After 14 years, ex-Marine Tommy Conlon (Hardy) returns to Pittsburgh to prepare for the world’s biggest mixed martial arts tournament, reconnecting with his father, Paddy (Nolte), who will train him. Meanwhile, his estranged brother, Brendan (Edgerton), realises he has to return to his old fighting ways if he has any hope of saving his family from insolvency.
Like The Fighter earlier this year, Gavin O’Connor’s Warrior balances brutal in-ring action with fractured-family drama, fixing on the tensions between two brothers. Like The Fighter, it features a hugely impressive, transformative performance from a British actor, who is next year to be seen in The Dark Knight Rises. And, like The Fighter, it’s entirely predictable in its sports-movie mechanics, but none the less enjoyable for it.
There are differences, of course. The Fighter was a true story; Warrior is entirely fictional. And where The Fighter was immersed in the familiar sweat and blood of boxing, Warrior’s arena is the newer one of mixed martial arts (MMA) — that punchy young sport currently elbow-striking its way into popular consciousness.
Exemplified by the Ultimate Fighting Championship (UFC), MMA is a bruising blend of, well, whatever you like, really. A match can end with a good, old-fashioned KO — that’s for those who prefer the ‘sprawl-and-brawl’ variety — or the contestants can grapple each other down onto the mat with a well-executed submission hold, finishing the fight with a tap-out. Then there’s the ‘ground-and-pound’ style, whereby a takedown is followed by a flurry of punches and elbows. So where a boxing movie has to extract its thrills from a relatively limited repertoire of moves and styles (not to denigrate its tactical richness), MMA offers a wealth of variety — which O’Connor, to his credit, uses to maximum effect.
Most obviously we see this in the contrast between the two alienated siblings at his story’s centre. In one corner, we have Joel Edgerton’s Brendan Conlon, the older of the two, an ex-fighter now working as a physics teacher, a family man struggling to make ends meet. He’s contained, thoughtful, quietly determined — and as such, he’s more of a technique man, using endurance, willpower and submission holds to achieve victory.
In the other corner we have his prodigal brother, Tommy (Tom Hardy). Tommy’s been absent from their hometown of Pittsburgh for 14 years, having left with the pair’s domestically abused mother. He’s an ex-Marine, fresh out of Iraq, and is a perfect storm of directed rage — even though, paradoxically, he approaches his recovering-alcoholic father, Paddy (Nick Nolte), to train him. In the cage, Tommy’s pure sprawl-and-brawl: a sharp-shock fighter, all tightly coiled power. Hardy’s physique is astonishing, more so even than in his portrayal of Charles Bronson for Nicolas Winding Refn. Bulked up primarily across the shoulders and neck, lending him a threateningly hunched presence, he’s a muscle-laden monster (bringing to mind the UFC’s own raging bull, Brock Lesnar), but also entirely convincing as a blue-collar boy from Philly — with extreme emotional issues.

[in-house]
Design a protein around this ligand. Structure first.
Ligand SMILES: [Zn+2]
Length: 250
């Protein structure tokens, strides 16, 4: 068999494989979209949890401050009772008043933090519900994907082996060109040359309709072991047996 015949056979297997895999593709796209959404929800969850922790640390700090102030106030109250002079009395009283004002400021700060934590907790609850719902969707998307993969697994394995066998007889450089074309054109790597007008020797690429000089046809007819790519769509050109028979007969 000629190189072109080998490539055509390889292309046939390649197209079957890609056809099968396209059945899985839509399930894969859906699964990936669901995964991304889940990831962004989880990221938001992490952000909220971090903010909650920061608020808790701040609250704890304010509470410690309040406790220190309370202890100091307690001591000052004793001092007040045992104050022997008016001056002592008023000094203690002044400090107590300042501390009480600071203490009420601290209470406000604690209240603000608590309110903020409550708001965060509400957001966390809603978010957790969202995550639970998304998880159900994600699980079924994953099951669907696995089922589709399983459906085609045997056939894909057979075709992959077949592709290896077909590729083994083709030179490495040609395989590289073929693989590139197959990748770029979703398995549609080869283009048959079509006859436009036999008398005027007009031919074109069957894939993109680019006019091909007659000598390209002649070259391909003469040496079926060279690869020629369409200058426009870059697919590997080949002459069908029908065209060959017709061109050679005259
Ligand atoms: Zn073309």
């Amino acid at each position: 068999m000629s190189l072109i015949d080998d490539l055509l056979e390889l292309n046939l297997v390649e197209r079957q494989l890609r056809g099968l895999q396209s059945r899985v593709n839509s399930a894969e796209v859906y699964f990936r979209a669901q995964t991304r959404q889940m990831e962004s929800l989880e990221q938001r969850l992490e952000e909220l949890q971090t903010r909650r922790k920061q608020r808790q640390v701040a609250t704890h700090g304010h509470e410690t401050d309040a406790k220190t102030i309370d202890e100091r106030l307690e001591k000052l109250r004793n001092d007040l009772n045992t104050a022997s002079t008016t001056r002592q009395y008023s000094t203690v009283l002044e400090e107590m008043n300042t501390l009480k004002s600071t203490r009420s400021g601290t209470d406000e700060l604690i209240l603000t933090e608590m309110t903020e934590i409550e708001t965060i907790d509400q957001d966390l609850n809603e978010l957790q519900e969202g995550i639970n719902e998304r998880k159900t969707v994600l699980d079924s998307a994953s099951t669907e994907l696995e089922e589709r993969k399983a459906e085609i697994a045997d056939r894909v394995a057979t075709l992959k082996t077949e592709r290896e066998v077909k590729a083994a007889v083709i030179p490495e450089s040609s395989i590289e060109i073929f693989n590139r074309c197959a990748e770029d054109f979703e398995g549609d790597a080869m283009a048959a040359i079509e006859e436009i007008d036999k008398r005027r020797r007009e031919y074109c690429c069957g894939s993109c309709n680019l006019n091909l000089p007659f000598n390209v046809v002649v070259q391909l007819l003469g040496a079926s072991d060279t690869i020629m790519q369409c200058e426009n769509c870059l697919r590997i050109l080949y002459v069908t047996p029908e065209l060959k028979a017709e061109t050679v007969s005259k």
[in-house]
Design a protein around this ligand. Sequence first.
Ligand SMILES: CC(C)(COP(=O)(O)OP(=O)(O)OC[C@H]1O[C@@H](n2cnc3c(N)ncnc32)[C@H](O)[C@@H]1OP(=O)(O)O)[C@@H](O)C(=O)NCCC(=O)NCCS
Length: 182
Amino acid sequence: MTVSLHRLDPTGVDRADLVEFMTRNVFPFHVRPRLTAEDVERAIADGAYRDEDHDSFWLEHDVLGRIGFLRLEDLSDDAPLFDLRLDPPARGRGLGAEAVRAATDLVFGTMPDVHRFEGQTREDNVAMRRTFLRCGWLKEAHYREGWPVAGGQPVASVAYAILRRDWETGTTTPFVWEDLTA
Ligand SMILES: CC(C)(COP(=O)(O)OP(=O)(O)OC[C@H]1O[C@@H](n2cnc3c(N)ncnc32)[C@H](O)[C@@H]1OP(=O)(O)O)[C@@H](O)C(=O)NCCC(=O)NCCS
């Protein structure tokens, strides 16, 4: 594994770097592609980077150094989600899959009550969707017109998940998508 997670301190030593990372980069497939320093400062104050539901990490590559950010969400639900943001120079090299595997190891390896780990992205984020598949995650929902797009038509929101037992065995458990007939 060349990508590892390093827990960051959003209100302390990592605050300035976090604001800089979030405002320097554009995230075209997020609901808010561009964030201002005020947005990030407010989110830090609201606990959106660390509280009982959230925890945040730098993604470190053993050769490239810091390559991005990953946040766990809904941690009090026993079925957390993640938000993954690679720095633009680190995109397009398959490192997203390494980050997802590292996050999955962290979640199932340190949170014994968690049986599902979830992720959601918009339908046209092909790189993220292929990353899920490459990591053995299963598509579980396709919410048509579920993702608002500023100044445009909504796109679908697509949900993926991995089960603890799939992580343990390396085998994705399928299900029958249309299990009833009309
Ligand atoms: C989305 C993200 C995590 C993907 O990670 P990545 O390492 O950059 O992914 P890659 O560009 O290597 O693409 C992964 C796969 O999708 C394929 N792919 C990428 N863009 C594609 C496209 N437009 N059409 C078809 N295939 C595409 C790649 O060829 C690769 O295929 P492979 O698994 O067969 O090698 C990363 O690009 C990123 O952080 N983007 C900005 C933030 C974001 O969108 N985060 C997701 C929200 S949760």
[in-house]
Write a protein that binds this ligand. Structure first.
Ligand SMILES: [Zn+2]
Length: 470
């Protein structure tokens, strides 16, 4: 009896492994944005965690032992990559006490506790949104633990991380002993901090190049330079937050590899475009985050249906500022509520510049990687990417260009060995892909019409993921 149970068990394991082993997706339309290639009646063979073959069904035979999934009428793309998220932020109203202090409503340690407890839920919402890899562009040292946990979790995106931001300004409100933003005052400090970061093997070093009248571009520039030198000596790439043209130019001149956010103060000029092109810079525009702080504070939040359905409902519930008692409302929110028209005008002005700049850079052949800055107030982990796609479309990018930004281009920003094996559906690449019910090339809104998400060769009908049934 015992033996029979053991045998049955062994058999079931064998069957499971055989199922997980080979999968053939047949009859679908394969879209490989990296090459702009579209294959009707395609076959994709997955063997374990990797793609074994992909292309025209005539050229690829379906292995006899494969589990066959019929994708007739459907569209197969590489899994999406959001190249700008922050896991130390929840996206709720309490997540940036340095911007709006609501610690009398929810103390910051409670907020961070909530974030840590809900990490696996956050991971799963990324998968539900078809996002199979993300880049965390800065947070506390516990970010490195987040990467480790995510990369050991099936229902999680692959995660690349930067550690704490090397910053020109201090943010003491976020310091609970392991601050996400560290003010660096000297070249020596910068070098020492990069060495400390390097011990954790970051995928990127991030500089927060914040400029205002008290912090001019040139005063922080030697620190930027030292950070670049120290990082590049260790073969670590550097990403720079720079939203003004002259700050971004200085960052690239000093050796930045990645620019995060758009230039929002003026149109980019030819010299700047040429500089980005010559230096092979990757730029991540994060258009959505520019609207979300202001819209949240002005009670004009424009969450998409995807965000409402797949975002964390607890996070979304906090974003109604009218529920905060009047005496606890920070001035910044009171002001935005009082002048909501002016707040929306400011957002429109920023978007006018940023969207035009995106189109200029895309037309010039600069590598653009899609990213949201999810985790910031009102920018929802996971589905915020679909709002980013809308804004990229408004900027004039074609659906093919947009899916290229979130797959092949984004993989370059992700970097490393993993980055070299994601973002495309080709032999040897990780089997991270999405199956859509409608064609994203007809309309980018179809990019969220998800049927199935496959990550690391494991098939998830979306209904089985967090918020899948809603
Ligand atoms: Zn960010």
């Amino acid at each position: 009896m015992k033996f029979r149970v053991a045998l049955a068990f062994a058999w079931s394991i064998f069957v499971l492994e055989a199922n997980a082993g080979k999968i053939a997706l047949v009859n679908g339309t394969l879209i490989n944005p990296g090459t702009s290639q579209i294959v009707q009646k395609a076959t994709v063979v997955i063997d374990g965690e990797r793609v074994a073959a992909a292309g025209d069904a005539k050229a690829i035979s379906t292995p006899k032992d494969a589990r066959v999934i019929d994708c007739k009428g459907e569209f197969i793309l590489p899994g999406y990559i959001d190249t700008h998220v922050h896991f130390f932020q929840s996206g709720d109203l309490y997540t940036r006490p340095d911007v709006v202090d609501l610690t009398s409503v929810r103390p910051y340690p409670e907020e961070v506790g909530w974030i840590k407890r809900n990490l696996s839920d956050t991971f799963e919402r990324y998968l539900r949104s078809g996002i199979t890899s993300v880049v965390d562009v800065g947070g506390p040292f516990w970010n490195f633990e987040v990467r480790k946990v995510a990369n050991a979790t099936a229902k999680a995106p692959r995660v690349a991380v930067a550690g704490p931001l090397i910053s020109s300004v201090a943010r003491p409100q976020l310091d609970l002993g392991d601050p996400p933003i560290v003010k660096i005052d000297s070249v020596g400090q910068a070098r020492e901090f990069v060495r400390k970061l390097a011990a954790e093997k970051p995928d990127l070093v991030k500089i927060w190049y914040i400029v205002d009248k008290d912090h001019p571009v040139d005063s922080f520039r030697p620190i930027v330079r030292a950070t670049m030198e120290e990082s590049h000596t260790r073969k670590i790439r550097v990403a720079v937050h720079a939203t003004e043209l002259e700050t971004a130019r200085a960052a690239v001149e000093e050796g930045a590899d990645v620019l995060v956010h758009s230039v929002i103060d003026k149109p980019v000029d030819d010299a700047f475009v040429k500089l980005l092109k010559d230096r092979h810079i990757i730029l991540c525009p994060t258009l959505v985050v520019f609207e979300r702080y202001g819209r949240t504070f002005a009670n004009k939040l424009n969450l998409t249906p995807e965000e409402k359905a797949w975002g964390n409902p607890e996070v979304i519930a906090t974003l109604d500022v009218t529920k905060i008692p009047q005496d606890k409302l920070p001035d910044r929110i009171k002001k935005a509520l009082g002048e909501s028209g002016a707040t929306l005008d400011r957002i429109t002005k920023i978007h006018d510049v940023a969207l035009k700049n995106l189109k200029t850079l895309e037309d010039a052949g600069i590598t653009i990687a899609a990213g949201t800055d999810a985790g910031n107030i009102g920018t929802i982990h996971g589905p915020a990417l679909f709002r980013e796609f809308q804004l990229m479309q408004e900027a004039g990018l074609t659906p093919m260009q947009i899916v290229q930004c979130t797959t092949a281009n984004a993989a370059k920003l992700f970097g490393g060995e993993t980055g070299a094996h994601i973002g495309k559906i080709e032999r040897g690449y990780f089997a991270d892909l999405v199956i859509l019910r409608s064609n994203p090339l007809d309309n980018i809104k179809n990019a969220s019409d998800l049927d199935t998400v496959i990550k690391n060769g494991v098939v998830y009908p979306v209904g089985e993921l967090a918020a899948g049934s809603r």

That he and Edgerton — two very different fighters — are set on a collision course from the outset is giving nothing away. But what marks out O’Connor’s film from most ‘sports’ pictures is that it’s not about one contestant, or team, but rather follows both sides, dividing the film, and our sympathies, straight down the middle.
In terms of winning those sympathies, Hardy does have a much tougher time. His precise back story is shrouded in mystery, and at first it’s hard to accept his sheer unpleasantness to those once closest to him, even his once-abusive father. He’s not big on forgiveness, and his resentment sometimes comes across as petulance. Edgerton, by contrast, is a nice guy through and through. He’s a teacher weirdly loved by his pupils, who call him ‘Mr. C’ rather than ‘Sir’. He’s the kind of dad who stays up late, attentively repairing his daughters’ dolls’ house piano. In a lesser actor’s hands, many of his scenes could become mawkish, but Edgerton thankfully has sufficient charm to make them work. He is also, by the time he and Tommy separately arrive at the big, climactic tournament (‘Sparta’, in Atlantic City — think Vegas on the beach), very much the underdog: the old-timer, a bit of a joke, only on the bill because someone else suffered an injury. Tommy, meanwhile, is a true dark horse. One with a hell of a kick.
That the pair eventually face each other in the ring hardly comes as a surprise, but by the point they do, it’s genuinely tough to predict how the match will play out. And the build up to this moment is expertly massaged by O’Connor (his 2004 film Miracle proved a valuable sports-movie training ground), who provides a massively uplifting climax. The matches themselves (for which Hardy and Edgerton mix it up with some real-life fighters) are intensely thrilling, while the emotional peak is absolutely, get-you-right-here, air-punchingly stirring. For all its leanings towards obviousness, Warrior goes the distance.
It hardly rewrites the rulebook, but Warrior is a powerful, moving and brilliant sports-pic-cum-family drama. Like The Fighter, but with kicking.